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▪ British writer
in full  Margaret Rumer Godden Haynes-Dixon 
born Dec. 10, 1907, Eastbourne, Sussex, Eng.
died Nov. 8, 1998, Dumfries, Scot.

      British writer whose many novels, poems, and nonfictional works reflect her personal experiences in colonial India and in England.

      Godden was taken in infancy to India and lived there until adolescence, when she was sent to a boarding school in England. She eventually returned to India, founded a dancing school for children, and wrote several books, beginning with Chinese Puzzle (1936). In later life she moved to Scotland, where she continued to write.

      Godden's novels are witty and her technique polished. Black Narcissus (1939; filmed 1946), her first novel to achieve popular success, concerns a group of English nuns who surmount physical and emotional difficulties to establish a mission in the Himalayas. Underlying the plot are the issues of cultures in conflict and obsessive love, both recurring themes in Godden's fiction. She introduced the first of many child protagonists in Breakfast with the Nikolides (1942), followed by An Episode of Sparrows (1955; filmed as Innocent Sinners, 1958), The Greengage Summer (1958; filmed as Loss of Innocence, 1961), and China Court (1961). The River (1946; filmed 1951) depicts English children growing up in Bengal. In This House of Brede (1969; filmed for television in 1975) portrays contemporary life in an English Benedictine convent.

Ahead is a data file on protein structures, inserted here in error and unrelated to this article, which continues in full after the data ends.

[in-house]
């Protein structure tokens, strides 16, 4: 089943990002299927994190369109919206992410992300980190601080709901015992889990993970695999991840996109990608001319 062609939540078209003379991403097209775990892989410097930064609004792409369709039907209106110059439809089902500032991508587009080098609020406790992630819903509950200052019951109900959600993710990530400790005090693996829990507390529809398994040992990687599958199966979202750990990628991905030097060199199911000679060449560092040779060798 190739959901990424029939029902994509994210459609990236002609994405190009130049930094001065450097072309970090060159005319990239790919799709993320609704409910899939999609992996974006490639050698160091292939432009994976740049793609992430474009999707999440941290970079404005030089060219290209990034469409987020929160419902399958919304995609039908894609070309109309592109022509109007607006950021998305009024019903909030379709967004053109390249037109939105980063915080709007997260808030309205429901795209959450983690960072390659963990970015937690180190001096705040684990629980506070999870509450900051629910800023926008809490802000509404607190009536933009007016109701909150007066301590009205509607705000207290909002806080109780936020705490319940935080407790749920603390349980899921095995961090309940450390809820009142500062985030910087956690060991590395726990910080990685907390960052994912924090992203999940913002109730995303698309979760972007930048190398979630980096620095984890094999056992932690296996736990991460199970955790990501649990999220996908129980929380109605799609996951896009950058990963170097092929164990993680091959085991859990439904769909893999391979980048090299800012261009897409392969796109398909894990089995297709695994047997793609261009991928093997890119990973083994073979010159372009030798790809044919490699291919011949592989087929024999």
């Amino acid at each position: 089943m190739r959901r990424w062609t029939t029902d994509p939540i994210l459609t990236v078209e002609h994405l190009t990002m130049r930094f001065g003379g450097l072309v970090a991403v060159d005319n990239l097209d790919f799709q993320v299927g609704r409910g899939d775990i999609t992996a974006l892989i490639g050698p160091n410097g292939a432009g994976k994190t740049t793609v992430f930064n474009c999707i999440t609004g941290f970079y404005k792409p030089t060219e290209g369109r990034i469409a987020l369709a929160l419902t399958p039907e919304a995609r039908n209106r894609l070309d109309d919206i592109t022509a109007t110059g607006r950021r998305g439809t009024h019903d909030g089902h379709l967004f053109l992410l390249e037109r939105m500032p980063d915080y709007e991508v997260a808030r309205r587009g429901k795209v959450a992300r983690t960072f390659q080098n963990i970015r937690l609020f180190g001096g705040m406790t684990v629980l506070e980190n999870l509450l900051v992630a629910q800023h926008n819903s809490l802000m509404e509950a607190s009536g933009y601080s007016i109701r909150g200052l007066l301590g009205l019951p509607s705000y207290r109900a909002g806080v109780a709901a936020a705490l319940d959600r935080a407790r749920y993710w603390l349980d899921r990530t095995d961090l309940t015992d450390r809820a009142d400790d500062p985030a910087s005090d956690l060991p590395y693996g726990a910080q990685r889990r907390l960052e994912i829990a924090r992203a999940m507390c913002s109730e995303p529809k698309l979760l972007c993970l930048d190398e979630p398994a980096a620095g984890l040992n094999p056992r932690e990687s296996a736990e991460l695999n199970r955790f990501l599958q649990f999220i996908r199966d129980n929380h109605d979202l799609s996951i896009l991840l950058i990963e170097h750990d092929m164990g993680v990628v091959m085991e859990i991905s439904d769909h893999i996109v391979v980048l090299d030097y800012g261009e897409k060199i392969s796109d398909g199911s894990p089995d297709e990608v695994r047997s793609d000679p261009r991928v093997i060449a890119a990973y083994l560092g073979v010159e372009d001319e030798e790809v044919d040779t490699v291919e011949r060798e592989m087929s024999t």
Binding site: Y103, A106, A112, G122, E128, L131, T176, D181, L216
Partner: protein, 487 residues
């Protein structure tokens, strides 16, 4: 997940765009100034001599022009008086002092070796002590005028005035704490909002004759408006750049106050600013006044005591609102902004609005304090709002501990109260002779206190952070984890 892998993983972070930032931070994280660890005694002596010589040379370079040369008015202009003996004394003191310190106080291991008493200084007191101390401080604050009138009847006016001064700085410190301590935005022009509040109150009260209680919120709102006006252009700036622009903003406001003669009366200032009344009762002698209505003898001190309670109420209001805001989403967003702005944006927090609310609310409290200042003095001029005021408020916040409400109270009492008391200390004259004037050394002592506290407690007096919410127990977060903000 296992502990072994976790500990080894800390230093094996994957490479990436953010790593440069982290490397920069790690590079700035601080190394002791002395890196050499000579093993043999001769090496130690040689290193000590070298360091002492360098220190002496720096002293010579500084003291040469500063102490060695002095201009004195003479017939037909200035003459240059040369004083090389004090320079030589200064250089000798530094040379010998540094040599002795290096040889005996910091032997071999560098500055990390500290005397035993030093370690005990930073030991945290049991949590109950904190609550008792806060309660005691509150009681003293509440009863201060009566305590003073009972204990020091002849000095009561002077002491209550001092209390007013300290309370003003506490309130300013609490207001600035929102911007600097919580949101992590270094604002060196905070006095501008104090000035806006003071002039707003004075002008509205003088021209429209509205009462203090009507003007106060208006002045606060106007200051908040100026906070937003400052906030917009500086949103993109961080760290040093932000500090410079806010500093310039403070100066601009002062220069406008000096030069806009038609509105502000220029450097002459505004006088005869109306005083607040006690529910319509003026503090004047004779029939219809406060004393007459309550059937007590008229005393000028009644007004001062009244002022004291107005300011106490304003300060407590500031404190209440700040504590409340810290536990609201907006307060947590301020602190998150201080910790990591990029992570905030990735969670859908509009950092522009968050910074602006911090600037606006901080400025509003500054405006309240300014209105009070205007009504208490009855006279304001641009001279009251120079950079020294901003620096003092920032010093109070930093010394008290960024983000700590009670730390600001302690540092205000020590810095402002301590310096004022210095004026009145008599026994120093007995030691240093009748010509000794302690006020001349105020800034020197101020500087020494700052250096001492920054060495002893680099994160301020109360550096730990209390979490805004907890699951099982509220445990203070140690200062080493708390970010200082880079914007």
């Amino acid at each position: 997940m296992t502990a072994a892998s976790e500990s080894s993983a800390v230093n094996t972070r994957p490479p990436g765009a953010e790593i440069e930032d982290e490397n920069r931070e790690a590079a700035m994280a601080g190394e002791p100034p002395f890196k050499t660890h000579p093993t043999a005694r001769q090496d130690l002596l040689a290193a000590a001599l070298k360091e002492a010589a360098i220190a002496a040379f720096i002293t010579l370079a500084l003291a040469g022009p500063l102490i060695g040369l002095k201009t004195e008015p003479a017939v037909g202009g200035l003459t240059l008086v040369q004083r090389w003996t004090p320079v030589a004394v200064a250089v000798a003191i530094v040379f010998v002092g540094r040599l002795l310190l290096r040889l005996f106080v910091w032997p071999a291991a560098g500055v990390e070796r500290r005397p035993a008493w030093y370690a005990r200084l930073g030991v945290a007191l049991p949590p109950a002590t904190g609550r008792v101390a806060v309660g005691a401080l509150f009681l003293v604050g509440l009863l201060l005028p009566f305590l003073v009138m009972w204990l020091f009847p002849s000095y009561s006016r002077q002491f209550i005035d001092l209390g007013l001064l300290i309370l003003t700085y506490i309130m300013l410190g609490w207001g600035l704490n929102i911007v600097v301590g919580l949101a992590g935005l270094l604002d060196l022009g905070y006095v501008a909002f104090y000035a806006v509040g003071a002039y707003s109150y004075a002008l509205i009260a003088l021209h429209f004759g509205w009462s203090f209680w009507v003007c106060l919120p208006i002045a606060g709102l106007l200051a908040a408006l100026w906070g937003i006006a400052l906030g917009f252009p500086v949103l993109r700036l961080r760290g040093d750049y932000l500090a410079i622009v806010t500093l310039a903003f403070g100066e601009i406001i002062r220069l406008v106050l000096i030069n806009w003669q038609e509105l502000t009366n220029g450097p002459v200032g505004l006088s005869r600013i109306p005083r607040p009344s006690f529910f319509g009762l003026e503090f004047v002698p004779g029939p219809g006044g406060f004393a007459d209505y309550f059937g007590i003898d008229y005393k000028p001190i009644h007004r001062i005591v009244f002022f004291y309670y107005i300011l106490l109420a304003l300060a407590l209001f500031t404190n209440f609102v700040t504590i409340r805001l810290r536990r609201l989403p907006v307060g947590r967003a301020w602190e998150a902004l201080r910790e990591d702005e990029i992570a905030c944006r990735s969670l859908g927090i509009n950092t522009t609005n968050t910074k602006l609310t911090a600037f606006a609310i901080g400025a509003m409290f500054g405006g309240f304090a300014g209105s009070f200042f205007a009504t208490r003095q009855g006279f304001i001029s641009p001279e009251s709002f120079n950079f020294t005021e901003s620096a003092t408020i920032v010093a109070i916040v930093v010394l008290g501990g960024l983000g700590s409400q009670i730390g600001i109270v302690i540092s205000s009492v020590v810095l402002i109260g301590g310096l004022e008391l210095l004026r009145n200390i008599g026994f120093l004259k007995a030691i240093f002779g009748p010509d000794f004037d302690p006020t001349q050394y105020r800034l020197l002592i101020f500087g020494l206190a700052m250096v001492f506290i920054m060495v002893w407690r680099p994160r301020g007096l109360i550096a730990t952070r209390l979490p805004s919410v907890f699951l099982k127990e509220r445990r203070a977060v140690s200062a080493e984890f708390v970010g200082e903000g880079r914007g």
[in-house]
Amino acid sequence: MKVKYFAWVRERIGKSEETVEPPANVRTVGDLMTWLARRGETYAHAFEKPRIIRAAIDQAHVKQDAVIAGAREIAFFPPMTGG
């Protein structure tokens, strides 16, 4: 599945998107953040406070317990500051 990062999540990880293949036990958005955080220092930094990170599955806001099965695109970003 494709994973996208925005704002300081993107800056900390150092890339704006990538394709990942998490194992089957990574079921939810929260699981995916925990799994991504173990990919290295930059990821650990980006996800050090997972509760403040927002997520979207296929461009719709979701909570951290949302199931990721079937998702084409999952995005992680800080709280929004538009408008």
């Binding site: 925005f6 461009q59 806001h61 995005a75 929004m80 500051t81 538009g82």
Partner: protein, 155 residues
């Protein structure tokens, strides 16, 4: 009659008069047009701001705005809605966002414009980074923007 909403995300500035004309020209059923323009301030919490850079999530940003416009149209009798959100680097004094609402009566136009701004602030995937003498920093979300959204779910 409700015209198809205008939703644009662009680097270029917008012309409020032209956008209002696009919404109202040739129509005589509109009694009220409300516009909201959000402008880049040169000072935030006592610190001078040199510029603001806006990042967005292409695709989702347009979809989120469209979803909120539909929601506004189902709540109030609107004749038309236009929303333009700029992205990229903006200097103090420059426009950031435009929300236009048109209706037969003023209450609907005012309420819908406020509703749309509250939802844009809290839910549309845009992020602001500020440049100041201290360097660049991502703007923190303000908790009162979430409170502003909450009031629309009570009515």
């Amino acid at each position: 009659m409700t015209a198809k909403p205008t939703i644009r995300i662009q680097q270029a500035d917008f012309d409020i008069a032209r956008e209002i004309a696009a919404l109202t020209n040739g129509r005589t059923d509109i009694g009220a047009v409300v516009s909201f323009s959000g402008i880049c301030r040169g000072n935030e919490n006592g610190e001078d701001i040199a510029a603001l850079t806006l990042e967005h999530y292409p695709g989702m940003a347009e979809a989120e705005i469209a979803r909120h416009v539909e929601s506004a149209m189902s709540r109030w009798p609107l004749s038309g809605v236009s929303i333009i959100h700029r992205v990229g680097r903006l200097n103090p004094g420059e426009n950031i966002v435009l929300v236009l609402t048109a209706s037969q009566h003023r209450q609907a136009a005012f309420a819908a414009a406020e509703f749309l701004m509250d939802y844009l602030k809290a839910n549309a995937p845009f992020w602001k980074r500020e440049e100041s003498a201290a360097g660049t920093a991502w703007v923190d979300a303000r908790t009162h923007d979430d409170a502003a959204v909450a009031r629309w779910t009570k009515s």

Among Godden's numerous books for children are The Doll's House (1947), The Fairy Doll (1956), The Story of Holly and Ivy (1958), Miss Happiness and Miss Flower (1961), Candy Floss (1991), and Cockcrow to Starlight: A Day Full of Poetry (1996). With her sister, Jon Godden, she wrote the memoirs Two Under the Indian Sun (1966) and Shiva's Pigeons: An Experience of India (1972), as well as the story collection Mercy, Pity, Peace, and Love (1989). She also published two volumes of autobiography, A Time to Dance, No Time to Weep (1987) and A House with Four Rooms (1989). Godden was named O.B.E. in 1993. Her last novel, Cromartie v. the God Shiva: Acting Through the Government of India (1997), was based on an actual event.

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Источник: Godden, Rumer

Look at other dictionaries:

  • Rumer Godden — Margaret Rumer Godden OBE (10 December 1907 – 8 November 1998) was an English author of over 60 fiction and nonfiction books written under the name of Rumer Godden. A few of her works were co written by her sister, Jon Godden, who wrote… …   Wikipedia

  • Godden, Rumer — in full Margaret Rumer Godden Haynes Dixon born Dec. 10, 1907, Eastbourne, Sussex, Eng. died Nov. 8, 1998, Dumfries, Scot. British writer. She grew up in India, and after attending school in Britain she returned to spend many years there. Her… …   Universalium

  • Margaret Rumer Godden — OBE (* 10. Dezember 1907 in Eastbourne, East Sussex; † 8. November 1998 in Dumfriesshire, Schottland) war eine englische Schriftstellerin. Nachdem Godden in ihren ersten vierzig Lebensjahren überwiegend in Indien gelebt und dort mehr als 20 Jahre …   Deutsch Wikipedia

  • Rumer Godden — Margaret Rumer Godden OBE (* 10. Dezember 1907 in Eastbourne, East Sussex; † 8. November 1998 in Dumfriesshire, Schottland) war eine englische Schriftstellerin. Nachdem Godden in ihren ersten vierzig Lebensjahren überwiegend in Indien gelebt und… …   Deutsch Wikipedia

  • Rumer Godden — Saltar a navegación, búsqueda Rumer Godden Nombre Margaret Rumer Godden Nacimiento 10 de diciembre de 1907 Sussex (Inglaterra) Defunción …   Wikipedia Español